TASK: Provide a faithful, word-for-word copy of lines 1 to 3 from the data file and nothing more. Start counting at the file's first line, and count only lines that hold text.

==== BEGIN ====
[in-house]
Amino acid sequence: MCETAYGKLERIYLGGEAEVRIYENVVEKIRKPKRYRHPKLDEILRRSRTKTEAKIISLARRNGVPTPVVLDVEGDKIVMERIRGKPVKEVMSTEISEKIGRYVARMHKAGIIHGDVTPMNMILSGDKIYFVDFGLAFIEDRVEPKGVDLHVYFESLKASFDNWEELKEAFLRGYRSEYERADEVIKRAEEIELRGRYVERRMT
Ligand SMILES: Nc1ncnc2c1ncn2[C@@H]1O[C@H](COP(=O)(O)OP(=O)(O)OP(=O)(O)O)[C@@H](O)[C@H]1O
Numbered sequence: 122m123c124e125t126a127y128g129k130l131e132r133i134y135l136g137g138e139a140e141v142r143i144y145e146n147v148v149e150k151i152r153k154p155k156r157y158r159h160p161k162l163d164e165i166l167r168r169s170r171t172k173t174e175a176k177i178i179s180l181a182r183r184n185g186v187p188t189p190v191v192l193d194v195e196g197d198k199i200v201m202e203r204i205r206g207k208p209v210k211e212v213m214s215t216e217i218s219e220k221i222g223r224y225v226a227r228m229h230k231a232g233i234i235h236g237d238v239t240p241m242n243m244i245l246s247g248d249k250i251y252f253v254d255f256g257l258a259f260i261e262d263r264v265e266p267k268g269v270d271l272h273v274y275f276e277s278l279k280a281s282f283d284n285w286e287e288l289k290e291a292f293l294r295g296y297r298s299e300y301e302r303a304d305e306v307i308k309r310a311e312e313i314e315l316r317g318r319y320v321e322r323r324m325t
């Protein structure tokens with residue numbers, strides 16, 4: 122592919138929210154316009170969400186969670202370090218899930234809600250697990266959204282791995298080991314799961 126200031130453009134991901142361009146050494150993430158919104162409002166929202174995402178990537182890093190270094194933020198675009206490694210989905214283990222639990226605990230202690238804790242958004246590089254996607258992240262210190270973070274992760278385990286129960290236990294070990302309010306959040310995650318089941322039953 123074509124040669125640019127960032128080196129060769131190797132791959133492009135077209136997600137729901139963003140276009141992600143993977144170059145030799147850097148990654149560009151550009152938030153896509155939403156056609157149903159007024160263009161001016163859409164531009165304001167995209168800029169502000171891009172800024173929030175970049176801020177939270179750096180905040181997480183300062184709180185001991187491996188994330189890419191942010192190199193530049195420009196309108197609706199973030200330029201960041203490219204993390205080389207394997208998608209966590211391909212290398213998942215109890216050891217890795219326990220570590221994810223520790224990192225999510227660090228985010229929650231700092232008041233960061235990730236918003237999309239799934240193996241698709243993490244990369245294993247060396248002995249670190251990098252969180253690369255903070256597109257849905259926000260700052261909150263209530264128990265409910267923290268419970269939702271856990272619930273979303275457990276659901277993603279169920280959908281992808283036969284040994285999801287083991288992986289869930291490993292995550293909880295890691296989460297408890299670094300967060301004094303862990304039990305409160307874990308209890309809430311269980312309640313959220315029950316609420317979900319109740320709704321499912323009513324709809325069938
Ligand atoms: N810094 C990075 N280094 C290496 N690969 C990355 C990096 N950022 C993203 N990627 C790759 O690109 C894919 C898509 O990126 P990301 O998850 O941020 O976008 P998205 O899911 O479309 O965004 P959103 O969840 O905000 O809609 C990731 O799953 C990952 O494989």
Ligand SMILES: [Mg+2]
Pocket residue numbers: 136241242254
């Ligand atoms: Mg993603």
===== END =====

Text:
[in-house]
Amino acid sequence: MCETAYGKLERIYLGGEAEVRIYENVVEKIRKPKRYRHPKLDEILRRSRTKTEAKIISLARRNGVPTPVVLDVEGDKIVMERIRGKPVKEVMSTEISEKIGRYVARMHKAGIIHGDVTPMNMILSGDKIYFVDFGLAFIEDRVEPKGVDLHVYFESLKASFDNWEELKEAFLRGYRSEYERADEVIKRAEEIELRGRYVERRMT
Ligand SMILES: Nc1ncnc2c1ncn2[C@@H]1O[C@H](COP(=O)(O)OP(=O)(O)OP(=O)(O)O)[C@@H](O)[C@H]1O